Patient 33, who harbored a deletion/insertion mutation (c.802–8_810del17insGC) and a novel splice mutation (c.413+2T>G), exhibited a late age of onset, rapid disease progression, and severe vision loss compared with other patients with splice mutations
in our cohort. It was also discovered that ERG response in these patients did not seem to be associated with the type of mutation. Among the four patients with novel mutations, FERG was extinct in four patients, and the mfERG response was severely reduced in four patients with different mutations, which is different from previous reports . Moreover, age of onset did not always correlate with genotype severity. For example, patient 31, who had compound heterozygous missense mutations (G95R and Y343D), exhibited early onset, had a relatively slow disease progression, and presented with similar severe morphofunctional changes as those seen in patient 60 (Q11X), who exhibited late age of onset and fast disease progression. Furthermore, the age of onset varied among patients with the same mutations, further supporting the high variability between the BCD genotype and phenotype. This suggests that the clinical phenotype severity in patients with BCD cannot be determined by genotype; thus, other factors such as gene modifications, gene regulation, and environmental factors may influence the interchange between pathogenicity and CYP4V2 mutations.
Interestingly, this study discovered seven patients (8.9%) with BCD exhibited high myopia, which has not been reported in other Chinese families with BCD. There was no evidence that this myopia directly accelerated BCD progress in our primary study.
We observed that patients with high myopia appeared to have only poorer best-corrected visual acuity and didn't show more affected retinal functioning based on ERG response. Due to the lack of continuous observation of retinal function changes of continuous and binocular disparity, it is difficult to confirm that the ERG responses in these patients with BCD associated with high pathological axial myopia showed additional decreases. In fact, the amplitude of the a wave and the b wave on ERG decreased in the axial high myopia eyes (ocular axial length is more than 26 mm, equivalent diopter (D) greater than 6.25D). Retinal degeneration diseases combined with high myopia are rare, with some studies suggesting a compounding effect, but currently, there is not enough evidence to prove a correlation with the retinitis pigmentosa (RP) clinical phenotype [22-25]. Further observation is needed to determine if the combined ocular complications in BCD aggravate retinal function.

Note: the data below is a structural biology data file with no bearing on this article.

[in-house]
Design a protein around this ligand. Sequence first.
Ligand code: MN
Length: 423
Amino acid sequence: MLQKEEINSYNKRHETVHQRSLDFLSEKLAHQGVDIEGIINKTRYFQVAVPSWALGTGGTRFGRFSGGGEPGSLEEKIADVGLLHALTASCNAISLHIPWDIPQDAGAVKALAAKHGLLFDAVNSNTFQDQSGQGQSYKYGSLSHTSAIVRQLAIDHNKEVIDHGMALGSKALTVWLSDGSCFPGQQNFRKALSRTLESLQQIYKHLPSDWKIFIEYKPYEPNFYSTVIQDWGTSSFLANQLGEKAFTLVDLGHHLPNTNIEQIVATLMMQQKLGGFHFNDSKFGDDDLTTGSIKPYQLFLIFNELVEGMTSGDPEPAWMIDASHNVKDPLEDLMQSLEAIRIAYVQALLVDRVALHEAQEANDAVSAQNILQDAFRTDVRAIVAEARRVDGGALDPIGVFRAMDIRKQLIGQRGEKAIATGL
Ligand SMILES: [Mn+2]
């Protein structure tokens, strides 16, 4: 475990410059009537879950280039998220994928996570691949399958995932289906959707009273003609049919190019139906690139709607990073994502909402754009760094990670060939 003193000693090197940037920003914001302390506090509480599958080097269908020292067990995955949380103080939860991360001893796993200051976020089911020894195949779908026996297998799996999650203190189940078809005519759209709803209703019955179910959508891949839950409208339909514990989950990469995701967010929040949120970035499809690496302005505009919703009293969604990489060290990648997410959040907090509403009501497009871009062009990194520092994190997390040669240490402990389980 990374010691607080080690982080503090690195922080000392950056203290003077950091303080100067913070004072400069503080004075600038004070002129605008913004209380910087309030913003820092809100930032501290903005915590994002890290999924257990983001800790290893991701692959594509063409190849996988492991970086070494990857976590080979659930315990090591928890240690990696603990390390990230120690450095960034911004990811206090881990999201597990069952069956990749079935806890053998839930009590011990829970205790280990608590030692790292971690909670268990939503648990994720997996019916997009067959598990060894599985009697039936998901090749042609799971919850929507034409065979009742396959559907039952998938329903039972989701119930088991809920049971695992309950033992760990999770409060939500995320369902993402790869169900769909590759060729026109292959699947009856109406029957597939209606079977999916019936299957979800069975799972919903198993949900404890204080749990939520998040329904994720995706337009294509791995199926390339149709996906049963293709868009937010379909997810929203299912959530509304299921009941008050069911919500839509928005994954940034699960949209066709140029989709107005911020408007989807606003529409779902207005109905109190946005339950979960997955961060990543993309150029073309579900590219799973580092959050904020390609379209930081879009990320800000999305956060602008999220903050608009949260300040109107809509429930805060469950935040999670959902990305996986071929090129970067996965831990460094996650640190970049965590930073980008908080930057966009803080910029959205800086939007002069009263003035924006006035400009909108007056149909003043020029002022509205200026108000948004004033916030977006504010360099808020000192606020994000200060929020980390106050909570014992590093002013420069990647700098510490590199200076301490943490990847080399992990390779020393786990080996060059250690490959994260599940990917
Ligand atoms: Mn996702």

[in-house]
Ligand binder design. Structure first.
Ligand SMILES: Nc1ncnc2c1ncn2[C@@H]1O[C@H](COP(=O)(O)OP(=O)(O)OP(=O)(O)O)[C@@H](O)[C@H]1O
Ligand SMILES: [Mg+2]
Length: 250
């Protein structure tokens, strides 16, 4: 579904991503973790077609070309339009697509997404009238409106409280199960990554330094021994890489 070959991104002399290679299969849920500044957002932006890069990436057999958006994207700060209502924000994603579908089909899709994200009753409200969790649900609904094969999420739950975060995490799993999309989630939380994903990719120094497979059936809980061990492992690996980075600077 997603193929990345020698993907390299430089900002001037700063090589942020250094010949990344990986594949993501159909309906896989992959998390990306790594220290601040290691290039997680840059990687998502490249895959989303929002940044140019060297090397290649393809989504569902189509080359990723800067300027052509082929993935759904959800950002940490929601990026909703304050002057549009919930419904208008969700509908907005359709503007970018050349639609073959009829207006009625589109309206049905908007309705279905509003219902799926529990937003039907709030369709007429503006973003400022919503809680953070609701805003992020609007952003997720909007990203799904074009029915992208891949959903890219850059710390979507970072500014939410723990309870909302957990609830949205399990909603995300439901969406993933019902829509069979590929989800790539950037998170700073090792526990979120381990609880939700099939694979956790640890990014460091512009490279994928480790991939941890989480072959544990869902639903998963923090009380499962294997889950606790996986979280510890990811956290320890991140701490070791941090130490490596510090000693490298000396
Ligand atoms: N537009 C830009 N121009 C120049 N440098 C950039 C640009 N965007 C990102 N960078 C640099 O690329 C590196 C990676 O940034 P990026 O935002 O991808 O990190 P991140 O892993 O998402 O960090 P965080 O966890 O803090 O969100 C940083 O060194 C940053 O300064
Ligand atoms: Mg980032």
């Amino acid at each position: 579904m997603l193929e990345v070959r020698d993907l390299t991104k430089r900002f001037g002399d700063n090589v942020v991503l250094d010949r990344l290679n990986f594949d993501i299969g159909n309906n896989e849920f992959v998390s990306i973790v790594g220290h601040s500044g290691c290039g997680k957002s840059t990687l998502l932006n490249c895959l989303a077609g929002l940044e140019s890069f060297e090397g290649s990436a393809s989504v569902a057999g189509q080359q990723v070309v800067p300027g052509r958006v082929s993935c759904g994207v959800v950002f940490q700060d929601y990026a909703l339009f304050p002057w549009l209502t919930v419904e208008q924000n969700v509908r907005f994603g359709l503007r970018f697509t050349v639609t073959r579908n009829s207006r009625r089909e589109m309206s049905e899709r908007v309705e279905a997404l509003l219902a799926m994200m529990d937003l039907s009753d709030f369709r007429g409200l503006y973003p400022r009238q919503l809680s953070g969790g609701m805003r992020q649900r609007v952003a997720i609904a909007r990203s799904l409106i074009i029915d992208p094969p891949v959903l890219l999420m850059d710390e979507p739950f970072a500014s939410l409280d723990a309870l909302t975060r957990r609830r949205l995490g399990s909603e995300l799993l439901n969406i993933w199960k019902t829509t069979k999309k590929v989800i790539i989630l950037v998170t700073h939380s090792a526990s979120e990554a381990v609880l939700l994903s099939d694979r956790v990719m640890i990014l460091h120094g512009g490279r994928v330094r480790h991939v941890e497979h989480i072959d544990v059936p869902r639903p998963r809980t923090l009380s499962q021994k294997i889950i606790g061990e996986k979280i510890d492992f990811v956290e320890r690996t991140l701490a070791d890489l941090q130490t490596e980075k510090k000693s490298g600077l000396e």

In conclusion, the c.802_810del17insCG mutation was found to be the most common mutation in 92 Chinese probands with BCD. Four novel mutations were identified, contributing to the spectrum of CYP4V2 mutations associated with BCD, with no clear link established between disease phenotype and genotype.
The authors are grateful to all patients and their family members for their participation in this study. The authors have no proprietary or commercial interest in any materials discussed. This work was supported by the National Basic Research Program of China (No 2013CB967002), and the National Nature Science Foundation of China (Grant No, 81130017)